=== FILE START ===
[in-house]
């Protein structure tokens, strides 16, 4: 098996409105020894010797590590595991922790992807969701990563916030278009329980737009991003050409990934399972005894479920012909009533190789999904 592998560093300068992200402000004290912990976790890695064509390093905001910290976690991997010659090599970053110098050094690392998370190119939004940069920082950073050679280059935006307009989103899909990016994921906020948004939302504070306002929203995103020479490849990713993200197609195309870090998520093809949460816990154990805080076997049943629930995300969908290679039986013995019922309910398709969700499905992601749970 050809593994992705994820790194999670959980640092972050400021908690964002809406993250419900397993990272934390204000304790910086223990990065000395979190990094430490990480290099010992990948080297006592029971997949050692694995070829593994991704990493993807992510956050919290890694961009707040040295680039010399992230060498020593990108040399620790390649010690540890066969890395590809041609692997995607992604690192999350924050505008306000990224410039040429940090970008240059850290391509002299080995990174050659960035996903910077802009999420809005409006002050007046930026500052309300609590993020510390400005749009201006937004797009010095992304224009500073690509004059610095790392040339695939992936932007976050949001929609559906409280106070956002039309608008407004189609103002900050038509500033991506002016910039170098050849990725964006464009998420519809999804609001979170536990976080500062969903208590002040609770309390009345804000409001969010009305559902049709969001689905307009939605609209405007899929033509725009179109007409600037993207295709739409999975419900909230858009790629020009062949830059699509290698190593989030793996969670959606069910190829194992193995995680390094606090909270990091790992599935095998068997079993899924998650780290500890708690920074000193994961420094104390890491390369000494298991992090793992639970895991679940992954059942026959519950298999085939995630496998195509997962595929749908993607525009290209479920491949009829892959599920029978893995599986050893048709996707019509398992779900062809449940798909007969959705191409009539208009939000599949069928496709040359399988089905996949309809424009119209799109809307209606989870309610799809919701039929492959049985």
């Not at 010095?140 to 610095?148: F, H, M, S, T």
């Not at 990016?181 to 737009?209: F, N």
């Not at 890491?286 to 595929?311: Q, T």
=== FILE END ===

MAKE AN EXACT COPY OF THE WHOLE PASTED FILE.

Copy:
[in-house]
């Protein structure tokens, strides 16, 4: 098996409105020894010797590590595991922790992807969701990563916030278009329980737009991003050409990934399972005894479920012909009533190789999904 592998560093300068992200402000004290912990976790890695064509390093905001910290976690991997010659090599970053110098050094690392998370190119939004940069920082950073050679280059935006307009989103899909990016994921906020948004939302504070306002929203995103020479490849990713993200197609195309870090998520093809949460816990154990805080076997049943629930995300969908290679039986013995019922309910398709969700499905992601749970 050809593994992705994820790194999670959980640092972050400021908690964002809406993250419900397993990272934390204000304790910086223990990065000395979190990094430490990480290099010992990948080297006592029971997949050692694995070829593994991704990493993807992510956050919290890694961009707040040295680039010399992230060498020593990108040399620790390649010690540890066969890395590809041609692997995607992604690192999350924050505008306000990224410039040429940090970008240059850290391509002299080995990174050659960035996903910077802009999420809005409006002050007046930026500052309300609590993020510390400005749009201006937004797009010095992304224009500073690509004059610095790392040339695939992936932007976050949001929609559906409280106070956002039309608008407004189609103002900050038509500033991506002016910039170098050849990725964006464009998420519809999804609001979170536990976080500062969903208590002040609770309390009345804000409001969010009305559902049709969001689905307009939605609209405007899929033509725009179109007409600037993207295709739409999975419900909230858009790629020009062949830059699509290698190593989030793996969670959606069910190829194992193995995680390094606090909270990091790992599935095998068997079993899924998650780290500890708690920074000193994961420094104390890491390369000494298991992090793992639970895991679940992954059942026959519950298999085939995630496998195509997962595929749908993607525009290209479920491949009829892959599920029978893995599986050893048709996707019509398992779900062809449940798909007969959705191409009539208009939000599949069928496709040359399988089905996949309809424009119209799109809307209606989870309610799809919701039929492959049985």
């Not at 010095?140 to 610095?148: F, H, M, S, T």
């Not at 990016?181 to 737009?209: F, N």
């Not at 890491?286 to 595929?311: Q, T």